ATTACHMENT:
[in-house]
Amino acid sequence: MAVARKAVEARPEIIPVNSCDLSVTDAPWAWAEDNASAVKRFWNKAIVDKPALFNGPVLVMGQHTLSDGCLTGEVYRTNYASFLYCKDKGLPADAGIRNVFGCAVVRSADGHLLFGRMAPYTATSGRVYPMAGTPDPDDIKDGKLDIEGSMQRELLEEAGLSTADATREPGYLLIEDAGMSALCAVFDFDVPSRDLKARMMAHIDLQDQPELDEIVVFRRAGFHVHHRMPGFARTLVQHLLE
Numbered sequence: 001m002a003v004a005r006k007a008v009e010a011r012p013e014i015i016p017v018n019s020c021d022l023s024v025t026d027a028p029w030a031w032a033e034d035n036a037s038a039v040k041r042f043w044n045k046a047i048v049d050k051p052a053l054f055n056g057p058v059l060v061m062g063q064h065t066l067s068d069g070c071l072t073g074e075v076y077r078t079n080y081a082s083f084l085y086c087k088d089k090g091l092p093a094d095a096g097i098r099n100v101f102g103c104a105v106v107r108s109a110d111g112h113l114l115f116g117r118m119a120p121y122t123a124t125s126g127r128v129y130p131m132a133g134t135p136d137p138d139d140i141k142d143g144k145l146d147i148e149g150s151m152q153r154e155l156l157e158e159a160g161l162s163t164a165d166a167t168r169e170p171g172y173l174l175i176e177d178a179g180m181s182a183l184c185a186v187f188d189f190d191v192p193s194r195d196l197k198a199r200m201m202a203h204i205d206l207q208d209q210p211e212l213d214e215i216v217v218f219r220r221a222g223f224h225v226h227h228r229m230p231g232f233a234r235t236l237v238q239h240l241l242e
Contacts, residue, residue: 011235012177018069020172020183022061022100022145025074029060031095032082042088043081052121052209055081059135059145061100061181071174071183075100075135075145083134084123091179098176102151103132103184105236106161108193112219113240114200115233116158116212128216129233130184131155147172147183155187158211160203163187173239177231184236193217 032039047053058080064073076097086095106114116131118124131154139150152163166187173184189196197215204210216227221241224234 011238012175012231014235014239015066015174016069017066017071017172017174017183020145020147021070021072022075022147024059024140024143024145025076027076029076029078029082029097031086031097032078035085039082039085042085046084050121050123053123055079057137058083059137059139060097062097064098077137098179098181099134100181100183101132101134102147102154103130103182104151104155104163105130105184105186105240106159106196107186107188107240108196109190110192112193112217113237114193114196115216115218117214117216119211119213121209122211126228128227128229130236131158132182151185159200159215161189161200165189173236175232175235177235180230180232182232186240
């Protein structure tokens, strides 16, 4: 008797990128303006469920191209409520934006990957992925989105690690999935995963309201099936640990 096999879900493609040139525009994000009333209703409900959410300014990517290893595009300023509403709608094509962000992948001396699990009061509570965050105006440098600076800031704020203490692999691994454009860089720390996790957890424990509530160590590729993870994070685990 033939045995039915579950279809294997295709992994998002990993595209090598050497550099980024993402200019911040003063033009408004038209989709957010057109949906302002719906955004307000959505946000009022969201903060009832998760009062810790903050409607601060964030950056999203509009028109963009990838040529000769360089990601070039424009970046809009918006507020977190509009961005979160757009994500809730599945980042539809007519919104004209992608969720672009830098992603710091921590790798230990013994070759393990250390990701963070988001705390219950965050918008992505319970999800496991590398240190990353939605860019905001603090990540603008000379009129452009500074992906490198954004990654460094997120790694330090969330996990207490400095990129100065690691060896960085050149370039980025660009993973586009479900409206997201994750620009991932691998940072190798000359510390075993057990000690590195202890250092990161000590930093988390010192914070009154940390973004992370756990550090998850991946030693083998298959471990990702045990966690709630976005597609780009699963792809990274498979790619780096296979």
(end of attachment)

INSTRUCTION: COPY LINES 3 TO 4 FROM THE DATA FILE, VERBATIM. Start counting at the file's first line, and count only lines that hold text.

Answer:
Numbered sequence: 001m002a003v004a005r006k007a008v009e010a011r012p013e014i015i016p017v018n019s020c021d022l023s024v025t026d027a028p029w030a031w032a033e034d035n036a037s038a039v040k041r042f043w044n045k046a047i048v049d050k051p052a053l054f055n056g057p058v059l060v061m062g063q064h065t066l067s068d069g070c071l072t073g074e075v076y077r078t079n080y081a082s083f084l085y086c087k088d089k090g091l092p093a094d095a096g097i098r099n100v101f102g103c104a105v106v107r108s109a110d111g112h113l114l115f116g117r118m119a120p121y122t123a124t125s126g127r128v129y130p131m132a133g134t135p136d137p138d139d140i141k142d143g144k145l146d147i148e149g150s151m152q153r154e155l156l157e158e159a160g161l162s163t164a165d166a167t168r169e170p171g172y173l174l175i176e177d178a179g180m181s182a183l184c185a186v187f188d189f190d191v192p193s194r195d196l197k198a199r200m201m202a203h204i205d206l207q208d209q210p211e212l213d214e215i216v217v218f219r220r221a222g223f224h225v226h227h228r229m230p231g232f233a234r235t236l237v238q239h240l241l242e
Contacts, residue, residue: 011235012177018069020172020183022061022100022145025074029060031095032082042088043081052121052209055081059135059145061100061181071174071183075100075135075145083134084123091179098176102151103132103184105236106161108193112219113240114200115233116158116212128216129233130184131155147172147183155187158211160203163187173239177231184236193217 032039047053058080064073076097086095106114116131118124131154139150152163166187173184189196197215204210216227221241224234 011238012175012231014235014239015066015174016069017066017071017172017174017183020145020147021070021072022075022147024059024140024143024145025076027076029076029078029082029097031086031097032078035085039082039085042085046084050121050123053123055079057137058083059137059139060097062097064098077137098179098181099134100181100183101132101134102147102154103130103182104151104155104163105130105184105186105240106159106196107186107188107240108196109190110192112193112217113237114193114196115216115218117214117216119211119213121209122211126228128227128229130236131158132182151185159200159215161189161200165189173236175232175235177235180230180232182232186240